Two of the three finalists on NBC's "The Voice" are country acts, so the genre has good odds of producing a winner when host Carson Daly announces the results tonight. But that would only be the latest sign that country music, which brought in $1 billion in sales last year and is drawing the increasing attention of Madison Avenue, is on the move in media and marketing.
Why Adland Should Listen for a Twang at Tonight's 'Voice' Finale
Country singers are appearing in a wide range of ads, not to mention their own TV show in ABC's "Nashville" and a prominent presence on "The Voice," where country star Blake Shelton is a coach. Even New York City, about the last place you'd expect to find fans of songs about pickup trucks and drinking beer, christened its first country radio station in 17 years in January. More than a quarter of U.S. adults now call themselves country fans, according to to Scarborough.
And its fans are willing to spend. While sales of R&B, alternative and pop dropped in 2012, country sales jumped 4.2% to 44.6 million albums out of 316 million, according to Nielsen SoundScan. It was the only category to show an increase other than rock, which edged upward just 2%. Only 13 of Billboard's top 100 songs last year were country, but four of the ten top-selling artists came from the genre: Taylor Swift, Jason Aldean, Carrie Underwood and Luke Bryan.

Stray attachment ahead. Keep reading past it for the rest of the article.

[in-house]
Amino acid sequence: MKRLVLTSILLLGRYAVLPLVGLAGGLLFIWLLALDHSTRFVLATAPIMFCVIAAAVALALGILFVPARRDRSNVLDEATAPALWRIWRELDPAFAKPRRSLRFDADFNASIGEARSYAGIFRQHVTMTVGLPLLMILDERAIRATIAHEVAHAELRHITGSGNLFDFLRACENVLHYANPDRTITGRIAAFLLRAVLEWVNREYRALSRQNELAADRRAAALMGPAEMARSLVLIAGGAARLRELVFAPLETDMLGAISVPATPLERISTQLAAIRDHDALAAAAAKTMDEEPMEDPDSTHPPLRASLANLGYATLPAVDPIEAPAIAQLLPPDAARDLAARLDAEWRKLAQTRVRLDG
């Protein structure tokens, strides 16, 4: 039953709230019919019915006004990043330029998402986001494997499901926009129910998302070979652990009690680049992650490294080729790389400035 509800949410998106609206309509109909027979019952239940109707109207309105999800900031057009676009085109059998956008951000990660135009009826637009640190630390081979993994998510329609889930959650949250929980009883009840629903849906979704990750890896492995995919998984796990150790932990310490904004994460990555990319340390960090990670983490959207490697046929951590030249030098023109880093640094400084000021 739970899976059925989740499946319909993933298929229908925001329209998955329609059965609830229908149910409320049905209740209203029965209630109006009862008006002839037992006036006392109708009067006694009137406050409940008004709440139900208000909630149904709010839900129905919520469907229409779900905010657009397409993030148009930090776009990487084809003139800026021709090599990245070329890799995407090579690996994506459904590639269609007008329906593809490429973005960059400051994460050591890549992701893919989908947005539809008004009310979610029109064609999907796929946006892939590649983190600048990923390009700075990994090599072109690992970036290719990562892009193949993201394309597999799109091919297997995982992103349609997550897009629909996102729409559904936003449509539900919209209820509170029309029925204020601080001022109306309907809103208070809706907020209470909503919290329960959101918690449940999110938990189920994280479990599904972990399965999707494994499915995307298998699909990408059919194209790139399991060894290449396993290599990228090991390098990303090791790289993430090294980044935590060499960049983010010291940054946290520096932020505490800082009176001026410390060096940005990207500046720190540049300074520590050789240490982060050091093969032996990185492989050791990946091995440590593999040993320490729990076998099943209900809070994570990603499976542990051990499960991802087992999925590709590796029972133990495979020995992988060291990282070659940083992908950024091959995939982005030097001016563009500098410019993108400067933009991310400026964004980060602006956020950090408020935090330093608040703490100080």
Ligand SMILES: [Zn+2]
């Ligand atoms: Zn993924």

Adding to the appeal is that country fans are perceived as brand-loyal. While country itself appeals to multiple generations with its themes of love, family and religion, "Nashville" and "The Voice" are helping to make its case among new consumers.
"These shows are helping to widen the base of the genre and bringing more people into it," said Sheri Warnke, senior VP-marketing and communications at the Country Music Association. "Viewers think, 'I like that person, she sounds great on 'The Voice',' or, 'that winner is a country artist, so maybe I'll sample something else country.'"
With the increasing popularity comes marketer attention. Ms. Swift, Lady Antebellum and Mr. Aldean have starred in TV spots for Diet Coke, Lipton Tea and Coors Light, respectively, in the past year. Mr. Shelton appears in Walmart ads.
"Country artists have an image as someone you could walk up to at the 7-Eleven or, if they're eating at Denny's, and you could say hello to," said Robert Weiner, pop-culture librarian at Texas Tech University. "There's no elitism in their appeal. I think advertisers are aware of this. They really want to reach out to artists to promote their products, because they have an audience that maybe a rock band couldn't reach."
According to NPD's annual music study, in addition to buying more albums, country fans are also more likely than the average consumer to listen to AM/FM and online radio. And they're more likely to text message and use social networks than the general U.S. adult population, according to Scarborough research.
On "The Voice," Mr. Shelton has two of his prodigies, Danielle Bradbury and the Swon Brothers, vying for the crown. The third contestant is pop singer Michelle Chamuel.